Last night was another date night with the wife, so I didn’t have time to Friday Five yesterday. Sorry about that. As part of my apology, I’m throwing in an extra link today! (BTW, we watched 007 Skyfall. It’s pretty good. I recommend it to any Bond fan out there.)
I’m mulling over running another city-based campaign. I’ve successfully done this with Lankhmar, Waterdeep, Ptolus, and a few cities of my own creation. I’d love to do this again with a new city of my own making. I realize this post is about creating hex-based, wilderness maps. However, the same method can be applied to creating a city with a little work and imagination. I’ll probably do this for the city I want to create. However, I’ll probably grid it out instead of making a hex-based map. Not sure on that yet. When I get around to doing this, I’ll take some pics for you and share my results.
I love themed play. It feels to me that creating a coherent group from the start of the campaign really helps the group gel into a better force. There are a handful of ideas in this post. Go check them out. Leave Patrick a comment on his blog with some more ideas if you have them. I know you do!
I tend to lean away from CvC (character vs. character) conflicts that turn into dice-rolling sessions or outright combat. I want the group to act as a cohesive unit (see above), not battle one another the entire way through the campaign. On the topic of PvP (player vs. player) combat, that is just an outright sin against the gaming table. If two players drag down the game, then they need to resolve their differences before showing up. If they can’t do that, then one (or both!) of them need to not show up anymore. Runeslinger goes more in-depth in analysis on this one. If you want more, follow the link.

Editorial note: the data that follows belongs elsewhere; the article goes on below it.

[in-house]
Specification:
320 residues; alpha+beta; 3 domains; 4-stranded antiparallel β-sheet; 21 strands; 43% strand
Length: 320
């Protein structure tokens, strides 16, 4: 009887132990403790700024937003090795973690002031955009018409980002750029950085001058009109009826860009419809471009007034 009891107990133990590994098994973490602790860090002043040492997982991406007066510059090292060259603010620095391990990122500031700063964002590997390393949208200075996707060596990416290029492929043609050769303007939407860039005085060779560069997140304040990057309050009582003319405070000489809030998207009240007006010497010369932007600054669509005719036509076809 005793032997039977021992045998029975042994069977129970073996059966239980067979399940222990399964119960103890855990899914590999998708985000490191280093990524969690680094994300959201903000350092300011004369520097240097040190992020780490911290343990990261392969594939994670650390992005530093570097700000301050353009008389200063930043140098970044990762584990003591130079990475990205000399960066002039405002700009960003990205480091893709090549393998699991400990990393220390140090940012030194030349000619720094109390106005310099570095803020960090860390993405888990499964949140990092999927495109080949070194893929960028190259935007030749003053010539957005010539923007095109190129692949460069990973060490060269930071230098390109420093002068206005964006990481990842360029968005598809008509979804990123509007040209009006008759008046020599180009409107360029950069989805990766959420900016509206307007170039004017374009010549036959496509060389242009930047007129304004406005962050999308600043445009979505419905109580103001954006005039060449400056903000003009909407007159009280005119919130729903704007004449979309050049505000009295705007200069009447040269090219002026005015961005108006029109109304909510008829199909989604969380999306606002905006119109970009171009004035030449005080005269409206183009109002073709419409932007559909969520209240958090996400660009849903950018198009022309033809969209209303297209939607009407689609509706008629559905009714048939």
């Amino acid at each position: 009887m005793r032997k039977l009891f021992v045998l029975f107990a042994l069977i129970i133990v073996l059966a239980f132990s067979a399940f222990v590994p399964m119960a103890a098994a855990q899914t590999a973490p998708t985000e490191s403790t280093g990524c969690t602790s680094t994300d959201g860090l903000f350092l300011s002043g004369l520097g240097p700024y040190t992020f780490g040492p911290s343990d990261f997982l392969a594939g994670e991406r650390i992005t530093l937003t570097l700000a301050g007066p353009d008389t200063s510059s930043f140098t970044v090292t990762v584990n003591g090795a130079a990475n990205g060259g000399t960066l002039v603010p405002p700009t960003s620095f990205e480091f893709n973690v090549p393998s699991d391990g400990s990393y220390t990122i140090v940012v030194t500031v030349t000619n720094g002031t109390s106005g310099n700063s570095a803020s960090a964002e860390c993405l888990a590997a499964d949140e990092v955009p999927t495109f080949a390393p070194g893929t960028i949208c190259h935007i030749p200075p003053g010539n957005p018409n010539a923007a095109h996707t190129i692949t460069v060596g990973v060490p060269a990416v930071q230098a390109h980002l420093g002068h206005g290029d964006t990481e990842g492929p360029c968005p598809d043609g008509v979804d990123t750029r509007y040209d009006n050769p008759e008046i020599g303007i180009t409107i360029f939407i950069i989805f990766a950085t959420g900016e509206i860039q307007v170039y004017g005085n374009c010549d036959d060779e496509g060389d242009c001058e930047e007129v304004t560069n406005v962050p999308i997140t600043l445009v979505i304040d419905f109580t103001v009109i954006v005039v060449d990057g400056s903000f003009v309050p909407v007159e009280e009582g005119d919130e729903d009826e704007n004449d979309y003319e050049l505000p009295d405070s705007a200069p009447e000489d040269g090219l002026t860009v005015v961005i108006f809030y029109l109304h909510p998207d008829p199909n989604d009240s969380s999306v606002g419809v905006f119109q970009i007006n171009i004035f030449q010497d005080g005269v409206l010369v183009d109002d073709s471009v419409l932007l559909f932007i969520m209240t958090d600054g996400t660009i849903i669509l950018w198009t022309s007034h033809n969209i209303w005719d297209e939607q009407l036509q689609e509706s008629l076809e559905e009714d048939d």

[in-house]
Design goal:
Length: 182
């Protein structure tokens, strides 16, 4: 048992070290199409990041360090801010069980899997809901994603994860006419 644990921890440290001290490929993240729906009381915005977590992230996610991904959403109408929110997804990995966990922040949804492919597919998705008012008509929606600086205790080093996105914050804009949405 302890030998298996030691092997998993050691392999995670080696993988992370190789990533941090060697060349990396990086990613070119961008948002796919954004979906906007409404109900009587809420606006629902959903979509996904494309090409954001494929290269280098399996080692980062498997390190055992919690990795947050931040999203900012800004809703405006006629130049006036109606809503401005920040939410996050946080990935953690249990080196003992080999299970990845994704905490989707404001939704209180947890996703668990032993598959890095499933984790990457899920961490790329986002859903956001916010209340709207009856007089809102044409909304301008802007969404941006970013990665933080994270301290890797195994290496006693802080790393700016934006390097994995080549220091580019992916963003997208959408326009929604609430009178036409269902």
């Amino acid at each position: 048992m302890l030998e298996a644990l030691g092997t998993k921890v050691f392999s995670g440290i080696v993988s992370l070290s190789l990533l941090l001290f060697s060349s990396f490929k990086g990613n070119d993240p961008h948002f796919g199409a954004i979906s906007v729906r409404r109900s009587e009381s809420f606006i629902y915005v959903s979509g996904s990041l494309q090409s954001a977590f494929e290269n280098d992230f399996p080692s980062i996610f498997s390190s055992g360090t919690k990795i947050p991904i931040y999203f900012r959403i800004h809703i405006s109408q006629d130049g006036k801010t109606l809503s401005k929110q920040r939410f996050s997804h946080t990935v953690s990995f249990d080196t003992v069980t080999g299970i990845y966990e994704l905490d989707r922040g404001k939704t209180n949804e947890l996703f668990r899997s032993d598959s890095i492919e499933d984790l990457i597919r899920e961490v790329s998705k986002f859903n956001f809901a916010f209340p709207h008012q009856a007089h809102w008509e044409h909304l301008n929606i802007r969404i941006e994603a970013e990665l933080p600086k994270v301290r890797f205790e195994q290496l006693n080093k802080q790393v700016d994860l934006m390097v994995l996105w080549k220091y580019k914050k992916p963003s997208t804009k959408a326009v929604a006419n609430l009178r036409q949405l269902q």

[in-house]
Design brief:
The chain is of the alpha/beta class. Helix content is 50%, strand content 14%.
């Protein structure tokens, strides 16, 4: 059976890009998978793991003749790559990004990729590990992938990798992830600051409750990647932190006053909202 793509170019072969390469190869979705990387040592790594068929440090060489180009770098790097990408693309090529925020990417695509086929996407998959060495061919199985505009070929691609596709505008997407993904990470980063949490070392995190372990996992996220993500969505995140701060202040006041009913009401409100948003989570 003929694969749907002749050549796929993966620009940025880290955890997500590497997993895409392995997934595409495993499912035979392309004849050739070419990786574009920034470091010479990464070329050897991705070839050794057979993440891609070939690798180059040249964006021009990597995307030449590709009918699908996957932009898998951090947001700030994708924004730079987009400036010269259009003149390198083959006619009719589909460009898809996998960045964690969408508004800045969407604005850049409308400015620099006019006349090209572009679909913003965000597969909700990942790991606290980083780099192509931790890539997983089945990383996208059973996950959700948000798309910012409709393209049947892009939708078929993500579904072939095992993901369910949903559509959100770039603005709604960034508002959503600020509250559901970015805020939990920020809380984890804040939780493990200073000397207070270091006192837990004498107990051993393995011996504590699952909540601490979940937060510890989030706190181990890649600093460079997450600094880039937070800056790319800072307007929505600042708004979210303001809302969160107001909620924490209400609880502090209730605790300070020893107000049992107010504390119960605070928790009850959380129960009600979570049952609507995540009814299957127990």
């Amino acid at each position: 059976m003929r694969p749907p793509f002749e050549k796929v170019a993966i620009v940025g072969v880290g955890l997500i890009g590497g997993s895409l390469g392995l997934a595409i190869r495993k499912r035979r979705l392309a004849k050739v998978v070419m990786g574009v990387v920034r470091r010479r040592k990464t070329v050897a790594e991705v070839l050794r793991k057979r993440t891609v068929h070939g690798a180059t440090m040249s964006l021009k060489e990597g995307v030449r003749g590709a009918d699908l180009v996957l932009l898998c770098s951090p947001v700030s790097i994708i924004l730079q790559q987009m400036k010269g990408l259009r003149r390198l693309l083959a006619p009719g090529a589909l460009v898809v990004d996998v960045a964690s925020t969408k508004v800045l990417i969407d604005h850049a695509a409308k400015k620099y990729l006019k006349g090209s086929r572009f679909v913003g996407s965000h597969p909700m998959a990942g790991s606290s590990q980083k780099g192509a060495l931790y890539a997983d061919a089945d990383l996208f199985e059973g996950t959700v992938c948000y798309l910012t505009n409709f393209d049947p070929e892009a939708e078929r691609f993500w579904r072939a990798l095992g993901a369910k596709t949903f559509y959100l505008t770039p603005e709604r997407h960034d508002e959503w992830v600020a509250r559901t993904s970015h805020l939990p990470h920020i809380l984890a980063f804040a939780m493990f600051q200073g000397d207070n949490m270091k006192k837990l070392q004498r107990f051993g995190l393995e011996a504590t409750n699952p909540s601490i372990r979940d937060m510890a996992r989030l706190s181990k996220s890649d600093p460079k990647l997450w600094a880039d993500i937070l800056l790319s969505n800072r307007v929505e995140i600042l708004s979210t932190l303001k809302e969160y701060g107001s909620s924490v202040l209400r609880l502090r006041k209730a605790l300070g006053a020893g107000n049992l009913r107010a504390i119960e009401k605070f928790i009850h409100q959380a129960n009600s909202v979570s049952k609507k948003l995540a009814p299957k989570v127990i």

I love the skulls in this map. Can you imagine describing the rooms to the mapper in the dungeon crawl, and having the slow realization that they are in a skull-based map? Fantastic! It’d be even better if you manages to not use the word “skull” during the description of the layout of the area. Sure, pack the area full of actual skulls, but don’t let on the layout until they realize it. Uber creep factor there.
Roger has a pretty good post about earning extra experience points for characters through player actions. In other words, if the player runs the character “right” then the character may level faster. I see his points about the meta-game aspect of this approach, and I agree that giving the fighter XP for swinging a sword or a wizard XP for casting a spell is a bit much. However, the “good roleplaying” award is one I really like. In my own games, I’ll usually allow the players to pick a fellow player (via anonymous ballot) for the reward, and I (as GM) will hand out the same award. I’ll always pick my person and write it down before the player ballots are cast. Then I announce both at the same time. Sometimes a single player will receive a double-award for their character. Interestingly enough, it usually ends up being two different people.
I know this is the second link to one of Dyson’s maps this week, but I love the large rooms used in this room. I especially love the fact that the rooms are not laid out in a symmetrical pattern. When it comes to square/rectangular rooms, many people (especially me) fall into the trap of “balancing” the map to make it “look better.” In this case, the jumble of interconnected rooms adds to the flavor of the map rather than detracting from it. Well done, Dyson!